It takes a community to raise a reader: Autism friendly libraries

MEARS, Sarah (2017) It takes a community to raise a reader: Autism friendly libraries. Paper presented at: IFLA WLIC 2017 – Wrocław, Poland – Libraries. Solidarity. Society. in Session 138 - Literacy and Reading, Libraries for Children and Young Adults, Public Libraries and School Libraries.

Bookmark or cite this item: http://library.ifla.org/id/eprint/1744
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Language: English (Original)
Available under licence Creative Commons Attribution.

Abstract

It takes a community to raise a reader: Autism friendly libraries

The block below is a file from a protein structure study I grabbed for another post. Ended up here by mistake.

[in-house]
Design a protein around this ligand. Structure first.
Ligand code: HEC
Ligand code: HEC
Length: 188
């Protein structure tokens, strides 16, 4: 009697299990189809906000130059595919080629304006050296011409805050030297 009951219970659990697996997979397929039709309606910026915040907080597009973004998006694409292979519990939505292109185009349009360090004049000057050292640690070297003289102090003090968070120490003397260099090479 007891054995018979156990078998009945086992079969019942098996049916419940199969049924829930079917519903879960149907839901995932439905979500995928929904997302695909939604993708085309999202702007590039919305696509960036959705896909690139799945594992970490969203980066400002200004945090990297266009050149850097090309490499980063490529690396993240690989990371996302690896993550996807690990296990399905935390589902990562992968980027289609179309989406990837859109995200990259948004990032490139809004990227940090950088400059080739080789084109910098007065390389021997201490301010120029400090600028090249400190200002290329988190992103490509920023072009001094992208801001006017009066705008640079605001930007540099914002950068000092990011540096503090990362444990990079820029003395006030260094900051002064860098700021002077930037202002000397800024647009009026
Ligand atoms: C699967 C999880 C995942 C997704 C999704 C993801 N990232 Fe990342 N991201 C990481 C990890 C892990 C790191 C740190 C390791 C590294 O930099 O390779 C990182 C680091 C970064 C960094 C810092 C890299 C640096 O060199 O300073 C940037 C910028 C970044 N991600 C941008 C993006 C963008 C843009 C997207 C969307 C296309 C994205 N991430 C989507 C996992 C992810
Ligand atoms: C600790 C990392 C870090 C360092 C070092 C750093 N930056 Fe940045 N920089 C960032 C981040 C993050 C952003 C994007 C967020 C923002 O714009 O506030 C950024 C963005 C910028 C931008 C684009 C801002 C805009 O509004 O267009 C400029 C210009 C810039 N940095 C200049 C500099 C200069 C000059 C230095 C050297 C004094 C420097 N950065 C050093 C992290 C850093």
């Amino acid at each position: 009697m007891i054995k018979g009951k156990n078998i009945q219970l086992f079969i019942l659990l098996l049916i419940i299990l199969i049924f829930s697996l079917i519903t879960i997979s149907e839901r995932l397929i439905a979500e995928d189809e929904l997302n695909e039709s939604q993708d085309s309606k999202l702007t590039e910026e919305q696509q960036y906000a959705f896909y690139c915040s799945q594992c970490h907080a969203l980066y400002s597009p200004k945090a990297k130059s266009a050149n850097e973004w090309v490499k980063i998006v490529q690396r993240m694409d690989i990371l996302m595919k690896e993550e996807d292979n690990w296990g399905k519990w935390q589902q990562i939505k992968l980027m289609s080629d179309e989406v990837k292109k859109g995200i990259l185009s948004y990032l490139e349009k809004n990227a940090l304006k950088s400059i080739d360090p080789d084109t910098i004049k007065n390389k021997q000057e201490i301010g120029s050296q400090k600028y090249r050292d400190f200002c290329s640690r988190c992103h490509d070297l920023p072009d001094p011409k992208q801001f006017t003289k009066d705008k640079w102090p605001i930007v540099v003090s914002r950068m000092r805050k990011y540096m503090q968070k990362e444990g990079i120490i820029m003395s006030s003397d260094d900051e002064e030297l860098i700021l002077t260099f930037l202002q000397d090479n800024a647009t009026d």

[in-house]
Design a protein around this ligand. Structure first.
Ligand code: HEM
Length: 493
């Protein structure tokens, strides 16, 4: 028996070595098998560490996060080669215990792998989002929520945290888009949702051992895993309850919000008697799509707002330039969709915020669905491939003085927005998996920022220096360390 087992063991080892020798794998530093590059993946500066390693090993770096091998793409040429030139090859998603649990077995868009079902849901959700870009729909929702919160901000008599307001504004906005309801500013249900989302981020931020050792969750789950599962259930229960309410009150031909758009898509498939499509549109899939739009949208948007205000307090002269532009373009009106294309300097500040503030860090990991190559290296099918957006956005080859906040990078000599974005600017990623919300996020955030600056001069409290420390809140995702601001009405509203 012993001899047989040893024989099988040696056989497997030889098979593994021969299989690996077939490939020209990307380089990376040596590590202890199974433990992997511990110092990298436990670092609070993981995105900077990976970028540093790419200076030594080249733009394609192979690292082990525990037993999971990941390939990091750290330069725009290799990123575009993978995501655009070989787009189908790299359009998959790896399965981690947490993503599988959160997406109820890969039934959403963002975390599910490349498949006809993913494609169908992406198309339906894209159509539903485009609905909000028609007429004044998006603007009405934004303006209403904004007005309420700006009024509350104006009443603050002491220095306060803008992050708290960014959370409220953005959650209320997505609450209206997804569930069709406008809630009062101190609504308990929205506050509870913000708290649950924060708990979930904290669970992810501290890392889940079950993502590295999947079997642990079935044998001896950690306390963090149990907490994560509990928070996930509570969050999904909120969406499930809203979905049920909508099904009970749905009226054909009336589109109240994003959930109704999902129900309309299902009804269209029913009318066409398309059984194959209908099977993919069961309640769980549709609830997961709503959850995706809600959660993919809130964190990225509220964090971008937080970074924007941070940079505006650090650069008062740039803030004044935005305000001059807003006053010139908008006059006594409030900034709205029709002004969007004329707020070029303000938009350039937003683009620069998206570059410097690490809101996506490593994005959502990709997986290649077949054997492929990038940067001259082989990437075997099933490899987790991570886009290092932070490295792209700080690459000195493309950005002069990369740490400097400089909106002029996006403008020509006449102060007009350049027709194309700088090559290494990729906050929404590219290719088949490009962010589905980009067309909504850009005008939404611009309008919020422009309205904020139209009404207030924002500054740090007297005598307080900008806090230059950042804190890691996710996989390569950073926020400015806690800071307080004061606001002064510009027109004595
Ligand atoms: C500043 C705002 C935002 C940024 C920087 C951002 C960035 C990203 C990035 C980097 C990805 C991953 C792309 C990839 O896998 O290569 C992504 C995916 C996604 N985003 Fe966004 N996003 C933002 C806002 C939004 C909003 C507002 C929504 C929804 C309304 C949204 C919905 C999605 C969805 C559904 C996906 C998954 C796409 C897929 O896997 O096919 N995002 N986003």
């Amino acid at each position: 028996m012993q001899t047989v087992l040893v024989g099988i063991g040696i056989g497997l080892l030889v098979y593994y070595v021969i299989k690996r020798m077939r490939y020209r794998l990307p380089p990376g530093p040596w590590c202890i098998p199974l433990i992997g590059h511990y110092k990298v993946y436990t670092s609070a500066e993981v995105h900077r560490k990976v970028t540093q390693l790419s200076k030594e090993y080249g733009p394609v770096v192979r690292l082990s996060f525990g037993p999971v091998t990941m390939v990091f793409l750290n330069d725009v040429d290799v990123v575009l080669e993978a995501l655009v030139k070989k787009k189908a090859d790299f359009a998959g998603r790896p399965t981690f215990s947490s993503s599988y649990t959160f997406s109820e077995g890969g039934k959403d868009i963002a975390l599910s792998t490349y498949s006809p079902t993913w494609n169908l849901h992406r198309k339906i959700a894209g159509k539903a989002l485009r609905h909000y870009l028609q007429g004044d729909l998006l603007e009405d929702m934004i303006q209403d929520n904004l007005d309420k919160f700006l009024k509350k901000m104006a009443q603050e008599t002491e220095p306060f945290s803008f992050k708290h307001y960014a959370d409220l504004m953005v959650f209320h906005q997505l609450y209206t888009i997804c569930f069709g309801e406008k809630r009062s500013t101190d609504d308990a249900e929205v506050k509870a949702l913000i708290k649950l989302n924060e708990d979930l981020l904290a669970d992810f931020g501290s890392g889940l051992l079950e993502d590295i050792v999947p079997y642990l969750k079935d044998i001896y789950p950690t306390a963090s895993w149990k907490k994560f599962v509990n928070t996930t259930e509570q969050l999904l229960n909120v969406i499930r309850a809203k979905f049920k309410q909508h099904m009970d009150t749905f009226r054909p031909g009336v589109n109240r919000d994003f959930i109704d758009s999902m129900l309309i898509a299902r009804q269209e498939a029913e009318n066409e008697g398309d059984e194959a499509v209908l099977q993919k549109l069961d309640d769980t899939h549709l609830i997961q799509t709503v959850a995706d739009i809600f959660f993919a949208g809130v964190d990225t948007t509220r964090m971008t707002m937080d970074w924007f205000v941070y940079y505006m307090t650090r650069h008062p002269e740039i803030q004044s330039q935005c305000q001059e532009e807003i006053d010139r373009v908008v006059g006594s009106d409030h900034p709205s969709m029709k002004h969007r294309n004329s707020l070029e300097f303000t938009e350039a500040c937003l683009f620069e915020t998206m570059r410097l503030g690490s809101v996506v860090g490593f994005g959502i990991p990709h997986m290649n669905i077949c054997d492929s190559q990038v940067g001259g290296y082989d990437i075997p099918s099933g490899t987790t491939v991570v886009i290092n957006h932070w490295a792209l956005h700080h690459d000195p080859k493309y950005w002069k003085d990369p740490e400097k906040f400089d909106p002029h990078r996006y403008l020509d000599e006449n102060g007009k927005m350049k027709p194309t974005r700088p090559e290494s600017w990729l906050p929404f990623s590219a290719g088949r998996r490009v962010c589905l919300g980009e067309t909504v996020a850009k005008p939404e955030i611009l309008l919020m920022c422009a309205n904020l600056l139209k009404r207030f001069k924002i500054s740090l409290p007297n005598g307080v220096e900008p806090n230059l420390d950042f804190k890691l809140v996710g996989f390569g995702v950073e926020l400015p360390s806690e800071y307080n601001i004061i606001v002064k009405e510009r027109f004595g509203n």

The public library should be a place where children feel welcomed and inspired. But for children and young people with autism and their families, a visit to a busy, noisy public library can be a challenging and even a distressing experience. However with a few adjustments, improved staff awareness and sensitivity, we can make libraries much more welcoming. In 2016 The national Association of Senior Children’s and Education Librarians (ASCEL) worked with Dimensions, a not-for-profit support provider for people with autism and learning disabilities, to create a short autism friendly libraries film (funded by Arts Council England). The aim of the film was to stimulate libraries build local partnerships, reach into communities, engage with families and make sustainable improvements to services. Since the film launched in June 2016, libraries across the UK have been developing their autism friendly library offer- examples include targeted autism friendly activities, staff development and fund raising to buy sensory equipment. This paper will outline the development of a programme that for just a small national investment is supporting public libraries to make the changes that will break down barriers and encourage a reading and library culture among a group of vulnerable and often isolated children and young people.

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